When will value stocks rise? While value stocks remain more stable despite the market conditions and takes time to gain in price, it can be tempting to predict their rise and invest in value stocks. However, our Investment Team shares no one can predict the markets and what investors should do instead.
(05 December 2022 – 09 December 2022)
Global equities fell over the week, with S&P 500 and MSCI World Index down 3.37% and 2.57%, respectively and MoneyOwl’s 100% equity portfolio was down 2.70%. The market gave back much of the previous two weeks’ gains as some surprisingly strong economic data dampened hopes that the Federal Reserve might soon be able to curb its program of raising interest rates to cool inflation. Within equities, energy shares fell sharply as international oil prices tumbled to their lowest level since January, and the typically defensive healthcare, consumer staples and utility sectors fared best.
Fixed Income asset classes were relatively resilient compared to equities. Bloomberg Barclays Global Aggregate Bond Index fell a measly 0.2% despite the benchmark US 10-year Treasury yield rising 10bps over the week to 3.59%, on hopes that the rate hiking cycle of the Federal Reserve will continue due to stellar economic data released during the week.
Value equities take the year
With the S&P 500 and MSCI World Index down 14.39% and 15.81%, respectively, on a year-to-date basis, MoneyOwl’s 100% equity portfolio that is tilted towards value equities has been floating strong, with year-to-date returns down only 10.75%. Moreover, the latest data as of the end of November 2022 shows that the year will most likely end with value outperforming growth equities.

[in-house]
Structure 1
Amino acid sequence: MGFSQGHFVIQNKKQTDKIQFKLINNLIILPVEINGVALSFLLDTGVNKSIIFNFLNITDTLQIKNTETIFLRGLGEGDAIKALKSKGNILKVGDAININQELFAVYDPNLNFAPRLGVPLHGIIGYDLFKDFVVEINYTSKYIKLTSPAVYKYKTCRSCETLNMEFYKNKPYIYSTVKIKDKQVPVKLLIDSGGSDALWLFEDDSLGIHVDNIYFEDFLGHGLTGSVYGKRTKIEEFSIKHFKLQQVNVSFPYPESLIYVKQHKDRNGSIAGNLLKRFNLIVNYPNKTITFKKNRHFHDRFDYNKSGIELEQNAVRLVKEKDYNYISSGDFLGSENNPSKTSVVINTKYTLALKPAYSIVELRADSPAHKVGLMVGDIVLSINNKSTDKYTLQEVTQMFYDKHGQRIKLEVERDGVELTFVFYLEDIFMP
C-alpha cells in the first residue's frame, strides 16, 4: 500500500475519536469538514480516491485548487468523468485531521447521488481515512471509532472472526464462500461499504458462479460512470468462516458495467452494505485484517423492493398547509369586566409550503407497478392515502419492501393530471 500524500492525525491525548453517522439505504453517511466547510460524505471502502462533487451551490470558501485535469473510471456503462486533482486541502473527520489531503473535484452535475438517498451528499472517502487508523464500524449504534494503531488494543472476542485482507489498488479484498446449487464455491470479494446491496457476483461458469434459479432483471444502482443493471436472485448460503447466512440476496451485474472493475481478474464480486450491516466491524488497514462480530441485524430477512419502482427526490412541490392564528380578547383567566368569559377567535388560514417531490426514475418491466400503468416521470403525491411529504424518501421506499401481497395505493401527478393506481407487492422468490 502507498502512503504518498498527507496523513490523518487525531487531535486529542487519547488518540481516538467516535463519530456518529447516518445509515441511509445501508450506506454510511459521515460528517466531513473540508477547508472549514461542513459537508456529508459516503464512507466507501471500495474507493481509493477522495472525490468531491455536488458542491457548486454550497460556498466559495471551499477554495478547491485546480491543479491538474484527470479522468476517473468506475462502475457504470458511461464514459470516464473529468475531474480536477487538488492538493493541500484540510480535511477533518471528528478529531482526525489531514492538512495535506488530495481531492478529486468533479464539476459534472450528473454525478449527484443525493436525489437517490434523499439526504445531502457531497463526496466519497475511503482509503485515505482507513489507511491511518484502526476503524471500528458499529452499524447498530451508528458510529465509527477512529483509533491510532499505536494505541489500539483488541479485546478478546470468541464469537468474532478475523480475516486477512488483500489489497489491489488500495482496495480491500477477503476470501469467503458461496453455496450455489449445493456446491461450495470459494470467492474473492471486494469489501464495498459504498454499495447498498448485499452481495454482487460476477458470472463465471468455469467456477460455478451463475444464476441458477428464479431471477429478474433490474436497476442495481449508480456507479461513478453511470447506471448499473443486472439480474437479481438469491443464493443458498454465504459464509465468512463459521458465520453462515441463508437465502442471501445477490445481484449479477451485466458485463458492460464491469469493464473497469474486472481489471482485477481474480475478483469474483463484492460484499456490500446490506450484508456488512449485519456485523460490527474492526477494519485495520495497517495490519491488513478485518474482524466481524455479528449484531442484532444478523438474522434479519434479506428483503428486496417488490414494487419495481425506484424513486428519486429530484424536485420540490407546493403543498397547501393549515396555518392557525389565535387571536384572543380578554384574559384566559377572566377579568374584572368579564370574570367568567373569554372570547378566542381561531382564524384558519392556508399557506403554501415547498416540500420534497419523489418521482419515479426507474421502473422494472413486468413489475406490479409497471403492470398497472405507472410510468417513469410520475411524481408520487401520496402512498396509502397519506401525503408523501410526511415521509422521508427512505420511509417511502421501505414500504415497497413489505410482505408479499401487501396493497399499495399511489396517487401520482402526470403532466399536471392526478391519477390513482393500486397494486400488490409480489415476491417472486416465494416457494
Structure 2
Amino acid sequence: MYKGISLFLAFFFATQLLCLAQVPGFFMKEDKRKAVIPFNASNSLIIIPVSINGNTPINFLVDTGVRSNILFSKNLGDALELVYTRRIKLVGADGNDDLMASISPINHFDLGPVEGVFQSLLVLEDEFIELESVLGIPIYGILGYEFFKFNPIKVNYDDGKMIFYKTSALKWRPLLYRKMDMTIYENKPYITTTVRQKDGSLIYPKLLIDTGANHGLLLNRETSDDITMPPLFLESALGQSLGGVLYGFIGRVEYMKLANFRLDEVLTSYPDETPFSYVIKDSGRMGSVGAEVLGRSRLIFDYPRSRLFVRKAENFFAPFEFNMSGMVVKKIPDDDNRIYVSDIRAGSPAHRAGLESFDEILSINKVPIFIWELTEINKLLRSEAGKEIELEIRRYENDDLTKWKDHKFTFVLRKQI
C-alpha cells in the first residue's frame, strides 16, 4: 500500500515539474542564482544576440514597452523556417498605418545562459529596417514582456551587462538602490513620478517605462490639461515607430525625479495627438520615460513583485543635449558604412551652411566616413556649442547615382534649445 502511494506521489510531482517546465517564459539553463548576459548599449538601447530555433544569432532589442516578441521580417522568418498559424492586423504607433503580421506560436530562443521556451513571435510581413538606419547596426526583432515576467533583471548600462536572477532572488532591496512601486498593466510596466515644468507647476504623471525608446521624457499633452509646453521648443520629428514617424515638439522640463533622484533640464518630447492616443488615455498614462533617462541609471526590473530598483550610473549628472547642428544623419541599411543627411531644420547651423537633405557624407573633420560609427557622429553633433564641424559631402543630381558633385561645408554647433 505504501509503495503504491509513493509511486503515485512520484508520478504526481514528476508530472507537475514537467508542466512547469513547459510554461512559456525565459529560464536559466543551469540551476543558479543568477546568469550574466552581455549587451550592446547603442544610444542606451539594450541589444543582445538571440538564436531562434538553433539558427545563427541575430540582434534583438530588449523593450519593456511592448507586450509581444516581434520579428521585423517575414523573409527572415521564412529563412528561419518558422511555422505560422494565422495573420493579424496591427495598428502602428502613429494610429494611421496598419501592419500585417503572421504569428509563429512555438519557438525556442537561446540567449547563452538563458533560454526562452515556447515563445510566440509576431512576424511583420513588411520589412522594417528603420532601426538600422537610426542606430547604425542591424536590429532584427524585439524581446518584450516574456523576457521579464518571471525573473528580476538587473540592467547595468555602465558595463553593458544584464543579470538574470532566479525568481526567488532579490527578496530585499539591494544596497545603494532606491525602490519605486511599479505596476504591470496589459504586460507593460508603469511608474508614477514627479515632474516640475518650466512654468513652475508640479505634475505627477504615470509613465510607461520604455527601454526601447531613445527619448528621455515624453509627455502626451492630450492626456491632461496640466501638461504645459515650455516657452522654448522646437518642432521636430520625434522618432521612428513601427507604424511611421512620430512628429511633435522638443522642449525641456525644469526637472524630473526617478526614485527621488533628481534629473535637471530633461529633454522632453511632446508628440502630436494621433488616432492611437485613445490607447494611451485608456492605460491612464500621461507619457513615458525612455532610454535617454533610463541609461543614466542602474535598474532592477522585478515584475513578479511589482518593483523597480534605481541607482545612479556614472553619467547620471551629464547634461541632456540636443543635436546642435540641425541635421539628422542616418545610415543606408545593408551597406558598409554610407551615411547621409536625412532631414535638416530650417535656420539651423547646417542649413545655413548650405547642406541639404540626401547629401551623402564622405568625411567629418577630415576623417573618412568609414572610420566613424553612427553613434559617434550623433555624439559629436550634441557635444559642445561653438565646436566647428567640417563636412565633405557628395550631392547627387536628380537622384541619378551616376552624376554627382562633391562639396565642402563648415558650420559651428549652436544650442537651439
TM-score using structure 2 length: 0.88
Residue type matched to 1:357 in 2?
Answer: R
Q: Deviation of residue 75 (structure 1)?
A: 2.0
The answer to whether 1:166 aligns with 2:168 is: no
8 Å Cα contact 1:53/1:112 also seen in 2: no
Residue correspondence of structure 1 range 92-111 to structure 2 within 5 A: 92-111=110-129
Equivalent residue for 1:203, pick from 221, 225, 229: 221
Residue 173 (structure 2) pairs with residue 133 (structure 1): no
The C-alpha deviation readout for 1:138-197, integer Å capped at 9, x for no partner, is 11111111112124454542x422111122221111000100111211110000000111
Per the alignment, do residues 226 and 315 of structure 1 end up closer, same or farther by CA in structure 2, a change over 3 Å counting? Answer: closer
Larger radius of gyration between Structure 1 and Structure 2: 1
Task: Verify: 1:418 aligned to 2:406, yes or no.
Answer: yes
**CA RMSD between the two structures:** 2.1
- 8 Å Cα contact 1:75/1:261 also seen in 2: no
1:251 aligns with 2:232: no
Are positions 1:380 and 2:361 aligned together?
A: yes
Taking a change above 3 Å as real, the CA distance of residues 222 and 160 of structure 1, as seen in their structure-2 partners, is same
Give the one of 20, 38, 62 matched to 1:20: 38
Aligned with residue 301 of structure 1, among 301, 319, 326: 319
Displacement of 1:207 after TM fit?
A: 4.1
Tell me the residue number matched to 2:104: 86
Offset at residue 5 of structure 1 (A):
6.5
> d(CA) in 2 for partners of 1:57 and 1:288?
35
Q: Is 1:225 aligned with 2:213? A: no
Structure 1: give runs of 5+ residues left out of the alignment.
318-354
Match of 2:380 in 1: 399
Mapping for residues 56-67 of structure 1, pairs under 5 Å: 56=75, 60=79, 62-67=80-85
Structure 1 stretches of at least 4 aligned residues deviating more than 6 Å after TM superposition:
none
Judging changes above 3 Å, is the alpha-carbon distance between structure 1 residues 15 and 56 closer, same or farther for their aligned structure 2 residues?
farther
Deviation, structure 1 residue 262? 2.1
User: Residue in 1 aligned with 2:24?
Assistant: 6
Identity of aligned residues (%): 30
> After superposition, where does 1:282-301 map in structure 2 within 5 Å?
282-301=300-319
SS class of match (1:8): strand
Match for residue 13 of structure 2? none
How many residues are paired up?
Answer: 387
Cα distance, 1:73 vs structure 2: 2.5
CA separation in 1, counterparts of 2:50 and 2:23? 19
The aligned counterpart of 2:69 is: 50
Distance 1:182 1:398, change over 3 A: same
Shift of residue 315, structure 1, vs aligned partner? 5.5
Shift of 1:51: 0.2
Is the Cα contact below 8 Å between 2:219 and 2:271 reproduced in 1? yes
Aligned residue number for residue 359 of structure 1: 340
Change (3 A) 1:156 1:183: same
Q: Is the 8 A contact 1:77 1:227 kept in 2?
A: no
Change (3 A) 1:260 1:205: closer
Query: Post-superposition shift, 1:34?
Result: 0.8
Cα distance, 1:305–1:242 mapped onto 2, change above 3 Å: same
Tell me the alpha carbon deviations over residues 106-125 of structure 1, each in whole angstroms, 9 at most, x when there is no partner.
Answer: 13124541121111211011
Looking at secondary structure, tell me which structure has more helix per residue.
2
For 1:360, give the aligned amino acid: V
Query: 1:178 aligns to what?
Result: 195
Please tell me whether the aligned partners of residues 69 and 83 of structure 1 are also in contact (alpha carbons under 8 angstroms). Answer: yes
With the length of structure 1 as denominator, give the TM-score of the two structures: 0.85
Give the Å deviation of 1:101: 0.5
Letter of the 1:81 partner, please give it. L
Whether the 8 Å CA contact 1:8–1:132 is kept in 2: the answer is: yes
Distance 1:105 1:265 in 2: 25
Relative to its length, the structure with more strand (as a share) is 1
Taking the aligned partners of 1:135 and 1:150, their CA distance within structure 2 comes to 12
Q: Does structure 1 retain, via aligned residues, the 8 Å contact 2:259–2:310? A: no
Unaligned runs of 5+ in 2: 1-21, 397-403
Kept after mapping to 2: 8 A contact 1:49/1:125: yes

For some context, growth equities are stocks that demonstrate rates of growth that outpace the market average. The big idea behind prioritising growth stocks is the opportunity to enjoy above-average revenue and earnings growth potential.
On the other hand, value equities are stocks that remain steady through all sorts of market conditions and take time to gain in price. Value stocks trade at inexpensive valuations when compared to growth equities for their earnings and long-term growth potential. These are stable, sometimes even boring, businesses that generate small but steady gains in revenue and profits. A company’s business can even be in decline, but if its stock price is so depressed as to lowball the value of its future profit potential, it is considered to be a value stock.
Historically, looking at the world’s biggest economy, the United States, value stocks have outperformed growth stocks, and the outperformance in a given year has often been striking.
Yearly observation of value vs growth factors
From the chart, data covering nearly a century back up the notion that value stocks have higher expected returns. Moreover, the value factor has often shown up quickly and in large magnitudes. For example, while the average annual value outperformance since 1927 has been 4.1%, in years when value outperformed growth, the yearly average value factor return was over 14%!